A photo of a Habitat home roof with writing on the underside.

Making a difference for home, from home

Habitat for Humanity volunteers make our mission happen. With their passion and determination, they help families build and repair homes, revitalize neighborhoods and help change policies so that even more can benefit from affordable homeownership.

In the midst of the COVID-19 pandemic, our dedicated volunteers set out to use their skills in new, creative and socially distanced ways. They helped their neighbors at a time when safe, decent housing has never been more crucial.

Read on and be inspired by some of the ways housing champions across the country have continued to use their time and talents to help others. We certainly have been!


Letter writing in Atlanta

One of the most meaningful aspects of building with Habitat is the trust, support and friendships formed on the build site. In place of those face-to-face meetings during the pandemic, Atlanta Habitat asked volunteers to compose letters of support for soon-to-be homeowners letting them know their community was always with them — even if, temporarily, not in person. Between June 2020 and December 2021, more than 580 people composed stacks of letters filled with their congratulations and well-wishes for 36 first-time homeowner families.

A blue-line icon of a baffles.

Building baffles in Raleigh, North Carolina

Volunteers of all ages are leaving their mark on Habitat Wake homes by creating part of them at their own home. Baffles — made of cardboard, metal, foam or plastic — are installed in the interior of homes between the eaves overhang and outside wall soffit. They help improve airflow in the attic as well as keep insulation in place.

Each Habitat Wake home uses about 50 to 55 baffles. Under the guidance of their parents, kids and teens have been making baffles out of large pieces of cardboard and dropping them off at the Habitat office to be added to future new builds. In addition to helping complete homes, the baffles provide a blank canvas for the young volunteers to personalize with drawings and notes of encouragement for their future neighbors. More than 500 baffles have been made and donated to date.

A blue-line icon of a computer with a coffee cup in front of it.

Office assistance in Independence, Missouri

During the pandemic, Truman Heritage Habitat turned its attention inwards, revising and reimagining the operational aspects of their work to better and more efficiently serve their community. By posting specific skills-based, project-focused opportunities on a volunteer matching website and by partnering with a database consulting business, they recruited highly experienced virtual volunteers from around the country to tackle several items on their to-do list.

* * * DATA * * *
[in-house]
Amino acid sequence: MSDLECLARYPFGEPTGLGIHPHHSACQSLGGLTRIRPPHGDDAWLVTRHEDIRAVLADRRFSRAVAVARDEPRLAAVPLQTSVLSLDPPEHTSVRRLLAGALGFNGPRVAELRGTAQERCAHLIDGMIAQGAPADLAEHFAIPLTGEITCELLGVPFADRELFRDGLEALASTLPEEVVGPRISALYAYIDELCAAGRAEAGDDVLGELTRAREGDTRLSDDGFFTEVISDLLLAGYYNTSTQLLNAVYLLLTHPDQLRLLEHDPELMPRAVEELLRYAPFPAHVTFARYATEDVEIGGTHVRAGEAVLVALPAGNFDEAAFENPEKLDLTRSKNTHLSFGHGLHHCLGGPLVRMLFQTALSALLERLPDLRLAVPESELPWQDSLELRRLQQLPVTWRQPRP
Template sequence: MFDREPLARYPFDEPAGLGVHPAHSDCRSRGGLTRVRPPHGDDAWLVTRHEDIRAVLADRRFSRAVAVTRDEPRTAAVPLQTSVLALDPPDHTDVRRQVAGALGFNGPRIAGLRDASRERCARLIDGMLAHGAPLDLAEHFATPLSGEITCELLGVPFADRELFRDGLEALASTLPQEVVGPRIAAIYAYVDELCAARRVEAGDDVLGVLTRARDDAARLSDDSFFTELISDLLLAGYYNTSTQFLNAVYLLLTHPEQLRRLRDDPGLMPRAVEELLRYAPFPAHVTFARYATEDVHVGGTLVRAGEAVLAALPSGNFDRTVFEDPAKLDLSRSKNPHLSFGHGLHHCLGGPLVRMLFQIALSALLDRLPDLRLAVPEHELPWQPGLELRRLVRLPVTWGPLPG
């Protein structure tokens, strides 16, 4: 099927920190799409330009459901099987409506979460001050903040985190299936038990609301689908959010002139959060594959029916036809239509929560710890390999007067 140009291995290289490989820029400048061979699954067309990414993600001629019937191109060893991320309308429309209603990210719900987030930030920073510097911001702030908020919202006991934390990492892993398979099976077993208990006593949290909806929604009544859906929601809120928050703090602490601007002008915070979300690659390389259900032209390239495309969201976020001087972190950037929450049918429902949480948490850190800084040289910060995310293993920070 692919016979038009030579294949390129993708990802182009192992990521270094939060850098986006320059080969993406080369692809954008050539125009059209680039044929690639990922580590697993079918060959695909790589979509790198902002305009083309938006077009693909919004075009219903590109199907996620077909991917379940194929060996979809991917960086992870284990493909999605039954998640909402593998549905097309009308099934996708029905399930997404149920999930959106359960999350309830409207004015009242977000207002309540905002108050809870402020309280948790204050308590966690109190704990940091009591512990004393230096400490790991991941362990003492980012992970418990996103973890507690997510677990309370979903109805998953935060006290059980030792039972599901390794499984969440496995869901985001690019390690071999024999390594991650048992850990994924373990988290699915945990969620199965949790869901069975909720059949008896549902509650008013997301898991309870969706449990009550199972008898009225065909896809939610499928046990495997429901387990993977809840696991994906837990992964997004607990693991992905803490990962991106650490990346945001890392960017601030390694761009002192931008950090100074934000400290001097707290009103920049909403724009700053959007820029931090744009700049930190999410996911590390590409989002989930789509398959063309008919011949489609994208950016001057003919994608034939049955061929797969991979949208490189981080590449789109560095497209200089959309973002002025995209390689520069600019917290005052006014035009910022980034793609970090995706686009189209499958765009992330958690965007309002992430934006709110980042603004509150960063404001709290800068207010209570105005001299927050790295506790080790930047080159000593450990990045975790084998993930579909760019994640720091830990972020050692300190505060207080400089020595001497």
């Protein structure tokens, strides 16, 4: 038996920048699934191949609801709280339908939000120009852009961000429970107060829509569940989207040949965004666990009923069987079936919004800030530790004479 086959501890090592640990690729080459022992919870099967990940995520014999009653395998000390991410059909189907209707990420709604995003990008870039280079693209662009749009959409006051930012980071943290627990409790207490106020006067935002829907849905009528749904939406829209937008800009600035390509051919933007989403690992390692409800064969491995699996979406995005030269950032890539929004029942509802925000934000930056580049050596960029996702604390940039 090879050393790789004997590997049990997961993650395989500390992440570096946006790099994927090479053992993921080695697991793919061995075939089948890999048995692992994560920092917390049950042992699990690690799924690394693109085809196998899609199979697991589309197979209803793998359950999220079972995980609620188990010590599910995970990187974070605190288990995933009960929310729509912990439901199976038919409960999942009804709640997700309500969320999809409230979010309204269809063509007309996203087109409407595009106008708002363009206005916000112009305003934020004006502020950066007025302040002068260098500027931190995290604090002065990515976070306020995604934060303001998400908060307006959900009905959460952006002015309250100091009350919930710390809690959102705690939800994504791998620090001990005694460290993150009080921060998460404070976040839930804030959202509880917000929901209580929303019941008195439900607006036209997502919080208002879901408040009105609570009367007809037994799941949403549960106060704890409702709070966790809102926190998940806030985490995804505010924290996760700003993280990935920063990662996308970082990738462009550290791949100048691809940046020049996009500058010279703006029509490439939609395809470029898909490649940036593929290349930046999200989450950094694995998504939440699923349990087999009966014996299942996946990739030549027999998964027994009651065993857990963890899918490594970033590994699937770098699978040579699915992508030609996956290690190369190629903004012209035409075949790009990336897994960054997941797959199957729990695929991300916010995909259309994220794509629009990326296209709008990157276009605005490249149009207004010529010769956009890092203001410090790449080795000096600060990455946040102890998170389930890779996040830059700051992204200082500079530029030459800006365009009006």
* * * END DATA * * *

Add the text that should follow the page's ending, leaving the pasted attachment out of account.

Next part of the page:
From crafting fundraising materials to completing more than 300 support tickets to improve their database, administrative volunteers saved Truman Heritage Habitat more than $150,000 over an 18-month period. The support and savings have helped the affiliate increase their operational capacity — allowing them to grow their financial education program, increase home repair and Aging in Place projects, and facilitate the opening of a new homeownership center that will serve as both office space and a gathering space for the community.

A blue-line icon of a school desk.

Desk building in Westwood, New Jersey

After several customers visited the Habitat ReStore looking for desks for their school-aged kids, volunteers at Bergen County Habitat began constructing desks and donating them to students in need of a personal place to attend online classes and complete their schoolwork at home. The project has given neighbors a way to connect and give back — either by funding the materials for a desk or constructing the desks themselves. Since 2020, volunteers have built more than 200 desks to help students across 12 local schools get the most out of their homes and their studies.

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Translating in Bloomington, Indiana

Through translation services, bilingual volunteers have helped Habitat Monroe County make their homeownership programs more accessible to more of the area’s Spanish-speaking families. The volunteers’ remote translation support — from explaining the process to new applicants over the phone to translating documents online — has helped families feel supported on every step of their homeownership journeys. The translated resources provide the partnering families with practical knowledge, skills and encouragement helpful to becoming successful homeowners.

A blue-line icon of a speaker phone.

Advocating in St. Paul, Minnesota

Public policy is a powerful, far-reaching tool for combatting the ongoing housing crisis. During its annual Hill Day advocacy events in 2020, 2021 and 2022, Twin Cities Habitat in Minnesota went virtual, offering volunteers overviews of the state’s legislative process, insight on tangible pieces of legislation to advocate for and training on how to use their voices to influence change.

The events culminated in hundreds of advocates putting their training into practice by meeting with their respective lawmakers via teleconference. During these meetings, attendees discuss the importance of safe and affordable housing, share personal stories of its impact, and advocate for policies designed to help more Minnesotans.